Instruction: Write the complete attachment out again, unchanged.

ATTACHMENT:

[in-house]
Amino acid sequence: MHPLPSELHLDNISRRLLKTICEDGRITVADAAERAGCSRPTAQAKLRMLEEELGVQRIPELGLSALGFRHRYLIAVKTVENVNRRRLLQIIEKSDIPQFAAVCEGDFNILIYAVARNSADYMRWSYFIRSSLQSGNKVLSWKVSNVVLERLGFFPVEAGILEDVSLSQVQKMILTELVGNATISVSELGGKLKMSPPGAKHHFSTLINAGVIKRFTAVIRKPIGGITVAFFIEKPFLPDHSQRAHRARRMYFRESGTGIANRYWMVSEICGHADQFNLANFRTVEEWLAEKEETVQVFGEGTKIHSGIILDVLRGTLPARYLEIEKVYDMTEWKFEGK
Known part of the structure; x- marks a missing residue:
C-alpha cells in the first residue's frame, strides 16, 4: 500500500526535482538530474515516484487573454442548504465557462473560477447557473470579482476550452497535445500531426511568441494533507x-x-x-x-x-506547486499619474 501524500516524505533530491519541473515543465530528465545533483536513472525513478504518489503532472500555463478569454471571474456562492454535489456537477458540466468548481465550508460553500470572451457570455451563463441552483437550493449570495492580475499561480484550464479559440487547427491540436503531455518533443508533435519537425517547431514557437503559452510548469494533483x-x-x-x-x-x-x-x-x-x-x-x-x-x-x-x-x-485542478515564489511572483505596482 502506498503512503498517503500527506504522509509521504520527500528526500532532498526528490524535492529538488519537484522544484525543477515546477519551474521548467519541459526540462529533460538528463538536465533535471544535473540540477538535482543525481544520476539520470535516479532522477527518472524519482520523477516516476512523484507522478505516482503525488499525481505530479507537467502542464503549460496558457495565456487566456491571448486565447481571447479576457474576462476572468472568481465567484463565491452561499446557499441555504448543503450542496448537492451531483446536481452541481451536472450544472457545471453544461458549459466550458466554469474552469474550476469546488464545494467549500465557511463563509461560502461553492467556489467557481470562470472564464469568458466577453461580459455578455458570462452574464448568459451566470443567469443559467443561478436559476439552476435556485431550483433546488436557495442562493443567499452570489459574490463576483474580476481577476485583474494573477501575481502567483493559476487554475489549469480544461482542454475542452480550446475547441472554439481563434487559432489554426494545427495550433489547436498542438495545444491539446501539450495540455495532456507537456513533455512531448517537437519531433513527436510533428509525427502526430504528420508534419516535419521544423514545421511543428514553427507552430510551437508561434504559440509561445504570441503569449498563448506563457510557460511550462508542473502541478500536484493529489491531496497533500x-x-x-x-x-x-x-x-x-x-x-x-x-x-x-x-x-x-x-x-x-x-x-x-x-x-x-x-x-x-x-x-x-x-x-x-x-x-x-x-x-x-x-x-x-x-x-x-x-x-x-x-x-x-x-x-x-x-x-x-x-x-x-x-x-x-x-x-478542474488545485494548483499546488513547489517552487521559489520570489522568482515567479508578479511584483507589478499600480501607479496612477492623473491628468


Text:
[in-house]
Amino acid sequence: MHPLPSELHLDNISRRLLKTICEDGRITVADAAERAGCSRPTAQAKLRMLEEELGVQRIPELGLSALGFRHRYLIAVKTVENVNRRRLLQIIEKSDIPQFAAVCEGDFNILIYAVARNSADYMRWSYFIRSSLQSGNKVLSWKVSNVVLERLGFFPVEAGILEDVSLSQVQKMILTELVGNATISVSELGGKLKMSPPGAKHHFSTLINAGVIKRFTAVIRKPIGGITVAFFIEKPFLPDHSQRAHRARRMYFRESGTGIANRYWMVSEICGHADQFNLANFRTVEEWLAEKEETVQVFGEGTKIHSGIILDVLRGTLPARYLEIEKVYDMTEWKFEGK
Known part of the structure; x- marks a missing residue:
C-alpha cells in the first residue's frame, strides 16, 4: 500500500526535482538530474515516484487573454442548504465557462473560477447557473470579482476550452497535445500531426511568441494533507x-x-x-x-x-506547486499619474 501524500516524505533530491519541473515543465530528465545533483536513472525513478504518489503532472500555463478569454471571474456562492454535489456537477458540466468548481465550508460553500470572451457570455451563463441552483437550493449570495492580475499561480484550464479559440487547427491540436503531455518533443508533435519537425517547431514557437503559452510548469494533483x-x-x-x-x-x-x-x-x-x-x-x-x-x-x-x-x-485542478515564489511572483505596482 502506498503512503498517503500527506504522509509521504520527500528526500532532498526528490524535492529538488519537484522544484525543477515546477519551474521548467519541459526540462529533460538528463538536465533535471544535473540540477538535482543525481544520476539520470535516479532522477527518472524519482520523477516516476512523484507522478505516482503525488499525481505530479507537467502542464503549460496558457495565456487566456491571448486565447481571447479576457474576462476572468472568481465567484463565491452561499446557499441555504448543503450542496448537492451531483446536481452541481451536472450544472457545471453544461458549459466550458466554469474552469474550476469546488464545494467549500465557511463563509461560502461553492467556489467557481470562470472564464469568458466577453461580459455578455458570462452574464448568459451566470443567469443559467443561478436559476439552476435556485431550483433546488436557495442562493443567499452570489459574490463576483474580476481577476485583474494573477501575481502567483493559476487554475489549469480544461482542454475542452480550446475547441472554439481563434487559432489554426494545427495550433489547436498542438495545444491539446501539450495540455495532456507537456513533455512531448517537437519531433513527436510533428509525427502526430504528420508534419516535419521544423514545421511543428514553427507552430510551437508561434504559440509561445504570441503569449498563448506563457510557460511550462508542473502541478500536484493529489491531496497533500x-x-x-x-x-x-x-x-x-x-x-x-x-x-x-x-x-x-x-x-x-x-x-x-x-x-x-x-x-x-x-x-x-x-x-x-x-x-x-x-x-x-x-x-x-x-x-x-x-x-x-x-x-x-x-x-x-x-x-x-x-x-x-x-x-x-x-x-478542474488545485494548483499546488513547489517552487521559489520570489522568482515567479508578479511584483507589478499600480501607479496612477492623473491628468